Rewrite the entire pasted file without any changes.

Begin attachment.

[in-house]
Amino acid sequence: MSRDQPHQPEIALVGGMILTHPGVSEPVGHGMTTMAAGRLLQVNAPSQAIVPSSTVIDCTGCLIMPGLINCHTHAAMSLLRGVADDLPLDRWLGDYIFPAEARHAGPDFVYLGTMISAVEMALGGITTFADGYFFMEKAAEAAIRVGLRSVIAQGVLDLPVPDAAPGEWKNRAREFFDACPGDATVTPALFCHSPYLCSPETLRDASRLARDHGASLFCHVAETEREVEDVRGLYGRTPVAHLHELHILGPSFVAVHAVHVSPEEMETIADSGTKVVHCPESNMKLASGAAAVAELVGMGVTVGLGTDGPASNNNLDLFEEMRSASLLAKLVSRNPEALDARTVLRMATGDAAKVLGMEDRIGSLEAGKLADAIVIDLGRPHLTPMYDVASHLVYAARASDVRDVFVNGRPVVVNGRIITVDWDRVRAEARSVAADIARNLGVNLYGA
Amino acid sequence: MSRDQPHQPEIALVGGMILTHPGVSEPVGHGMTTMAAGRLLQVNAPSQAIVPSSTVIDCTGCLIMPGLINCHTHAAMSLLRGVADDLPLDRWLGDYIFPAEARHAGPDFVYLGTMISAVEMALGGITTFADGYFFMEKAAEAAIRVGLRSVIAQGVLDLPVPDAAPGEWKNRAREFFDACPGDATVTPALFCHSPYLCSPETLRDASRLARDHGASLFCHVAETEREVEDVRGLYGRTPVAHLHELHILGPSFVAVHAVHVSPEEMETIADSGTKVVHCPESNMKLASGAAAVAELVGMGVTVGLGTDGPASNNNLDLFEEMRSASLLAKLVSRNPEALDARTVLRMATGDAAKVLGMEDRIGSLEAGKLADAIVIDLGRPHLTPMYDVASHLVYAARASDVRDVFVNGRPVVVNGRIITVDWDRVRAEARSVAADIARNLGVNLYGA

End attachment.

[in-house]
Amino acid sequence: MSRDQPHQPEIALVGGMILTHPGVSEPVGHGMTTMAAGRLLQVNAPSQAIVPSSTVIDCTGCLIMPGLINCHTHAAMSLLRGVADDLPLDRWLGDYIFPAEARHAGPDFVYLGTMISAVEMALGGITTFADGYFFMEKAAEAAIRVGLRSVIAQGVLDLPVPDAAPGEWKNRAREFFDACPGDATVTPALFCHSPYLCSPETLRDASRLARDHGASLFCHVAETEREVEDVRGLYGRTPVAHLHELHILGPSFVAVHAVHVSPEEMETIADSGTKVVHCPESNMKLASGAAAVAELVGMGVTVGLGTDGPASNNNLDLFEEMRSASLLAKLVSRNPEALDARTVLRMATGDAAKVLGMEDRIGSLEAGKLADAIVIDLGRPHLTPMYDVASHLVYAARASDVRDVFVNGRPVVVNGRIITVDWDRVRAEARSVAADIARNLGVNLYGA
Amino acid sequence: MSRDQPHQPEIALVGGMILTHPGVSEPVGHGMTTMAAGRLLQVNAPSQAIVPSSTVIDCTGCLIMPGLINCHTHAAMSLLRGVADDLPLDRWLGDYIFPAEARHAGPDFVYLGTMISAVEMALGGITTFADGYFFMEKAAEAAIRVGLRSVIAQGVLDLPVPDAAPGEWKNRAREFFDACPGDATVTPALFCHSPYLCSPETLRDASRLARDHGASLFCHVAETEREVEDVRGLYGRTPVAHLHELHILGPSFVAVHAVHVSPEEMETIADSGTKVVHCPESNMKLASGAAAVAELVGMGVTVGLGTDGPASNNNLDLFEEMRSASLLAKLVSRNPEALDARTVLRMATGDAAKVLGMEDRIGSLEAGKLADAIVIDLGRPHLTPMYDVASHLVYAARASDVRDVFVNGRPVVVNGRIITVDWDRVRAEARSVAADIARNLGVNLYGA